A vocal critic of Edward Snowden, Prof. Tom Nichols has a higher profile on social media than your average national security and strategy professor. He is a professor at the U.S. Naval War College, a senior associate of the Carnegie Council on Ethics and International Affairs, and a fellow of Boston University’s International History Institute. Nichols has led a long and distinguished career in academia, specifically in the studies of strategy, nuclear policy, and Russia. Before moving to academia Nichols served as a defense and foreign affairs policy aide on the personal staff of the late Sen. John Heinz (R-PA).
He can be found on Twitter @TheWarRoom_Tom or on his personal blog The War Room. The views expressed in this interview are his own personal opinion, and not those of the Naval War College or U.S. government.
Reset Russia: What’s your general assessment of the situation in Ukraine right now?
Tom Nichols: My guess is that a lot of what’s happening right now is a result of Putin improvising this crisis right from the beginning. I don’t think there was a master plan to capture Ukraine. I think he reacted to the Maidan movement emotionally, with a lot of anger. I think he was humiliated by Yanukovych’s ouster and he decided to teach the Ukrainians a lesson, and when he kept rolling the dice and winning he decided to keep playing, like any gambler.
So now he finds himself actually much further ahead, he’s actually gotten Crimea, which may have been part of the plan but I don’t think this whole destabilization of Ukraine I think that just grew as he found he had no real opposition to anything he was doing. I think he caught the United States completely unawares—the United States and the European Union—and for the past month and a half he’s pretty much been running the show.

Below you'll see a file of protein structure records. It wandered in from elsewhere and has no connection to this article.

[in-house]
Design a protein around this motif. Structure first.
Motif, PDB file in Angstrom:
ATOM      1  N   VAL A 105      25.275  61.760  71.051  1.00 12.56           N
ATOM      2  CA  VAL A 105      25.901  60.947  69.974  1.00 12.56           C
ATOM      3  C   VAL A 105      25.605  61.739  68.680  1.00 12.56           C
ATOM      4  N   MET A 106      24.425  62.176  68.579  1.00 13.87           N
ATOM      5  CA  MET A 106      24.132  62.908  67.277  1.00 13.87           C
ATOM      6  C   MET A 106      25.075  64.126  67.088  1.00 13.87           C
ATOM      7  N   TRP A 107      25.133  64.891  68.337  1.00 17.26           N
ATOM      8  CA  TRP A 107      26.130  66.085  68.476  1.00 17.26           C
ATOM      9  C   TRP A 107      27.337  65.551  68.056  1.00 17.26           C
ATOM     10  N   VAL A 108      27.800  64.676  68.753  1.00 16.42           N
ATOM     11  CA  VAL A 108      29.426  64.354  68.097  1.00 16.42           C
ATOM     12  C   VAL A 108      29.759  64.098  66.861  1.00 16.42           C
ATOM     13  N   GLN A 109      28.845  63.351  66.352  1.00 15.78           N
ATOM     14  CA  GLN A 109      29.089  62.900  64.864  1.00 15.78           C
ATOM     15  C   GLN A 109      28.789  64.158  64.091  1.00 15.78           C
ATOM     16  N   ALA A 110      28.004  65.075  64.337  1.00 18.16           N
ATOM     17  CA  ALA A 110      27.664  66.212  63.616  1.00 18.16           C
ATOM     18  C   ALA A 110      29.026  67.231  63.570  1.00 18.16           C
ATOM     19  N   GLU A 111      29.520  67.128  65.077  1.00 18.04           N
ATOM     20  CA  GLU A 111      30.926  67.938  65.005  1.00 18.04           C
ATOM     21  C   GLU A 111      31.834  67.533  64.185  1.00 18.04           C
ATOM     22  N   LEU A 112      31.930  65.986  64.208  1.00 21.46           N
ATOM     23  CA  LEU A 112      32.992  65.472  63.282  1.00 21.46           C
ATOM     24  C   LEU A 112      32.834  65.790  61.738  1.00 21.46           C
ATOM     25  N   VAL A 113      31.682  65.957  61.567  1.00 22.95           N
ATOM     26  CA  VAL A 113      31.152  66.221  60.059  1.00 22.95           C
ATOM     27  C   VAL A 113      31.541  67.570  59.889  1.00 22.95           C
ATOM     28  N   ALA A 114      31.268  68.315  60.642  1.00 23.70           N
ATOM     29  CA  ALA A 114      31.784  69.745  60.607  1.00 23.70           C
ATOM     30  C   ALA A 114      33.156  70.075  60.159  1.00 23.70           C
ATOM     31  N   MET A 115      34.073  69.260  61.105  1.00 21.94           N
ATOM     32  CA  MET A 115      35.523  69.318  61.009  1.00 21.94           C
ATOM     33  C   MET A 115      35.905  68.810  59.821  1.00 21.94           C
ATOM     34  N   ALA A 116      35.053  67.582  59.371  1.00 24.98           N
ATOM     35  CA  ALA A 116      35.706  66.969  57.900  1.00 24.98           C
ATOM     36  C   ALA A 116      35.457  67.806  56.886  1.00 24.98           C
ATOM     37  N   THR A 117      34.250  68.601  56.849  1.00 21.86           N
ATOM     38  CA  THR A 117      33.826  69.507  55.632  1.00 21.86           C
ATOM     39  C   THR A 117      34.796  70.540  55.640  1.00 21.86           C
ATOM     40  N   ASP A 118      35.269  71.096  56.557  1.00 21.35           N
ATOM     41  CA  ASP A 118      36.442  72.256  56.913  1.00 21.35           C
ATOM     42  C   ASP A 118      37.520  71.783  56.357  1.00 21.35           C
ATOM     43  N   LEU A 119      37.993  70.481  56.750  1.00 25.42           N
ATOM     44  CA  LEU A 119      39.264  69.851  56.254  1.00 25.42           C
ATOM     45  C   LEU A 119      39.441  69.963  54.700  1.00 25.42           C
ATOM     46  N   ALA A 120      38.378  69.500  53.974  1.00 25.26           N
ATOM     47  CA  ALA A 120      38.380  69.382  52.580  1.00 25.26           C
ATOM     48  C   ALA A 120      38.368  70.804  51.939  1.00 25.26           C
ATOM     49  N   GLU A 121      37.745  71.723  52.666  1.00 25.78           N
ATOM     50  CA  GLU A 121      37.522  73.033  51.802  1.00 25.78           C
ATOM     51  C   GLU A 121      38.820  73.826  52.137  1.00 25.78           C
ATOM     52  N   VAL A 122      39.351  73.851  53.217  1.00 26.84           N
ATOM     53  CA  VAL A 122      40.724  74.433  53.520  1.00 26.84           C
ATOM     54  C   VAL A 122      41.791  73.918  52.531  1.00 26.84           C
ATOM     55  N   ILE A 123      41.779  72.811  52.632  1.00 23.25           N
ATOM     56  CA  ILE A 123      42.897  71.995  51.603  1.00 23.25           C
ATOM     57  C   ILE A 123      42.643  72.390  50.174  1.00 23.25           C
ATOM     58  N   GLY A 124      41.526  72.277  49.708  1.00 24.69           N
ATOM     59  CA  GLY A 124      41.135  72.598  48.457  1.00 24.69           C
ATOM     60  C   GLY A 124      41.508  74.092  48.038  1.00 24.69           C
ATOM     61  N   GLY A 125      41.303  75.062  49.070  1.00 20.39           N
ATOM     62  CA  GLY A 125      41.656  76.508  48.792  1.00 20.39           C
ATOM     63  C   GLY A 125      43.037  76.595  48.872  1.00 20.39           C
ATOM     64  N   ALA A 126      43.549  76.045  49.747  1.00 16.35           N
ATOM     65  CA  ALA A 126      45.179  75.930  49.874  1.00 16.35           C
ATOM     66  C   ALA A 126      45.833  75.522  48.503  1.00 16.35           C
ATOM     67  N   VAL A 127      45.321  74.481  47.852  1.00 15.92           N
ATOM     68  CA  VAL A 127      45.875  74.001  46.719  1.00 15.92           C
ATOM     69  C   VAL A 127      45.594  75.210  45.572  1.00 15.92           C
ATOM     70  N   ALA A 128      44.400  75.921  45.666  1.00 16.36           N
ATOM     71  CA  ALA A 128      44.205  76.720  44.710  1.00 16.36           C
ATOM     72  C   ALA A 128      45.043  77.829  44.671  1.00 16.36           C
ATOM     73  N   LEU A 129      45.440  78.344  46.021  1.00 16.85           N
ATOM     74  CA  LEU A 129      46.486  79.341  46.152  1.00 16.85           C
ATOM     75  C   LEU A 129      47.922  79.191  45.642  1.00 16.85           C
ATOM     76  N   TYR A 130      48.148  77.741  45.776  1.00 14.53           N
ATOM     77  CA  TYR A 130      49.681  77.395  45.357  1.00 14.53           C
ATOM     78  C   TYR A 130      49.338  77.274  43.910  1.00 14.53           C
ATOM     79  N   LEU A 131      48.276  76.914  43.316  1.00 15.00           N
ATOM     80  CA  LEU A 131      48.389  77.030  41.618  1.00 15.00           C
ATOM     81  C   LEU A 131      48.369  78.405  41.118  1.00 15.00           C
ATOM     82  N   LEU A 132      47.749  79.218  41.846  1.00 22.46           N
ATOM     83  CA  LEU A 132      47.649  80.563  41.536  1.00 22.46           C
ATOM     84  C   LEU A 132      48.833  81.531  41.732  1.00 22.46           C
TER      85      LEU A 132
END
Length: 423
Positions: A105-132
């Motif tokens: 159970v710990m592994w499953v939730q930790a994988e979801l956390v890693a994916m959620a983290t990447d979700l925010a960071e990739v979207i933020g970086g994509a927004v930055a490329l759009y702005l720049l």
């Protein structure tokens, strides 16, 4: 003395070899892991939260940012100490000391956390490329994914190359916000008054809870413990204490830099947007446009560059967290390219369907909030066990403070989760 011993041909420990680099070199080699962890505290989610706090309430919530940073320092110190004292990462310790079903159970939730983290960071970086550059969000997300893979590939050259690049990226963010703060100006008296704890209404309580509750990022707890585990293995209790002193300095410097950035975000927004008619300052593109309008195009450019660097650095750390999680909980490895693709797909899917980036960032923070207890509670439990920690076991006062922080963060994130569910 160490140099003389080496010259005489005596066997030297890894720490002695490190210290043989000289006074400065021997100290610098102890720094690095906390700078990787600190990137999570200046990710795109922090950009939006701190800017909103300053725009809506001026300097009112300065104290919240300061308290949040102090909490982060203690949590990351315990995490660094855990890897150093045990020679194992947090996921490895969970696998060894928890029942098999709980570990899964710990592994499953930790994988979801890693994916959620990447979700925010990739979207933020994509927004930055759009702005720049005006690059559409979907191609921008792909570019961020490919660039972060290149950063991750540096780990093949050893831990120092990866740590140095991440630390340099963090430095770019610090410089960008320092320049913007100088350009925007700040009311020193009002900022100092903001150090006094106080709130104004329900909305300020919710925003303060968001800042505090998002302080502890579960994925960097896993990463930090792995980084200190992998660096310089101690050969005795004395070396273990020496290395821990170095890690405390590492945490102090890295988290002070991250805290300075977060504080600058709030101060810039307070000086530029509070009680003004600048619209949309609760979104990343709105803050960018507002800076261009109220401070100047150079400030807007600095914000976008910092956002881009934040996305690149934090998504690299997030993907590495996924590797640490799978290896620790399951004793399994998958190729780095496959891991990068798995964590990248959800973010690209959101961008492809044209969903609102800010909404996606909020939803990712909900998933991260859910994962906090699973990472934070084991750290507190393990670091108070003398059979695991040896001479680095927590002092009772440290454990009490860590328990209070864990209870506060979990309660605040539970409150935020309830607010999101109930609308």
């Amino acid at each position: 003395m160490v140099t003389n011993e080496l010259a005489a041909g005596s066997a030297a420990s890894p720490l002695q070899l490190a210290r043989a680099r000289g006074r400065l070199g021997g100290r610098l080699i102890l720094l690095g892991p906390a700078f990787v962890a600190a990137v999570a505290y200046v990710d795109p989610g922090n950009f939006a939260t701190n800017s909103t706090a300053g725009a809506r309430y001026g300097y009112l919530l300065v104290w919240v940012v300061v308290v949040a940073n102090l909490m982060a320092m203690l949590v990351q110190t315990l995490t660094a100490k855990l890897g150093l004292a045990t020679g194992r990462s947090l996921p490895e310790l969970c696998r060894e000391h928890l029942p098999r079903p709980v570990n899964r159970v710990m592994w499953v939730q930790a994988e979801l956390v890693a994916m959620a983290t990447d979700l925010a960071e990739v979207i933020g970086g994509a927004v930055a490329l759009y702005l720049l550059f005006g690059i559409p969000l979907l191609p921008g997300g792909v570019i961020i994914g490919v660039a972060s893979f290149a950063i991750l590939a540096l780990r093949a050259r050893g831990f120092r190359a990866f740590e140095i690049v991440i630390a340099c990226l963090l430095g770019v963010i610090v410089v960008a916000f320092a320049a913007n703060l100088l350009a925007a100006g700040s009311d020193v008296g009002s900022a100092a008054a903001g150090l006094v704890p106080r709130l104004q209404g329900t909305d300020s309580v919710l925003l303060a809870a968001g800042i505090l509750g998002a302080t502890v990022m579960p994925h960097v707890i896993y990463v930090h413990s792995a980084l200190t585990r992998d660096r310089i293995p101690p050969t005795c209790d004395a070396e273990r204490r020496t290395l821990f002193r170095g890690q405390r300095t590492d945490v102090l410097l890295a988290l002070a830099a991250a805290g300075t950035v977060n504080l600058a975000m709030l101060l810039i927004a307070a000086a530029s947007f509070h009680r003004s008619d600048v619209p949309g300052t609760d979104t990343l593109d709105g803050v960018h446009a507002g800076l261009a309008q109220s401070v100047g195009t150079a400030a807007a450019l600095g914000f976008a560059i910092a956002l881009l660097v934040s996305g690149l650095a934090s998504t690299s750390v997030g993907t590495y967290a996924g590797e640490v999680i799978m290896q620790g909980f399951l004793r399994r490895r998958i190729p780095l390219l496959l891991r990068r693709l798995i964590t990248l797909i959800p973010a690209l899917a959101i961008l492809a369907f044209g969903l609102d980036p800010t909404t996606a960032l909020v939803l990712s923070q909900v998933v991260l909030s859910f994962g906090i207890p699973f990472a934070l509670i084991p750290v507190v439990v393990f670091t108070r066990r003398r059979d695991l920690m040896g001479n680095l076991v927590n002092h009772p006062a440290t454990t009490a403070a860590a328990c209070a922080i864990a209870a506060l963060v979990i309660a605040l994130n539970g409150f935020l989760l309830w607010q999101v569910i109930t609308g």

RR: Do you think there’s anything that could have been done to prevent what happened in Crimea?
TN: I don’t know that there was any way to stop what happened in Crimea once that began. For quite a while I’ve been saying that our [U.S.] passive diplomacy in the face of very active Russian foreign policy was inviting trouble down the line.
On my blog I kind of quipped that may answer to this crisis is that, y’know, whoever’s been running our Russia policy should’ve been listening to me three or four years ago. [Laughs] But this is the product of several years, I think, of neglect of foreign policy, including I think, and this is a more controversial statement, but I think the way we took a powder on the Syria question definitely emboldened the Russians to think that they’d have a lot more room to maneuver. And the fact of the matter is they did.
RR: What do you think Putin’s end goal is right now?
TN: Well, deep down Putin doesn’t believe that Ukraine is an actual state and if he can establish that Ukraine really isn’t a state, that it’s merely a satellite of the Russian Federation, I would say he’s achieved his goal.
RR: Do you think he’ll try to do that with other countries as well?
TN: Yes. I think Moldova, Kazakhstan, Belarus—although Belarus, I think Belarus is an interesting case, Belarus has always wanted a closer union with Russia but even their president, who is a thuggish dictator himself, has backpedaled away from this a bit because I think he was surprised by the speed and the aggressiveness of the Russians in Ukraine.
You know, when you’ve scared the leader of Belarus you really have become—you’re probably going too far [laughs].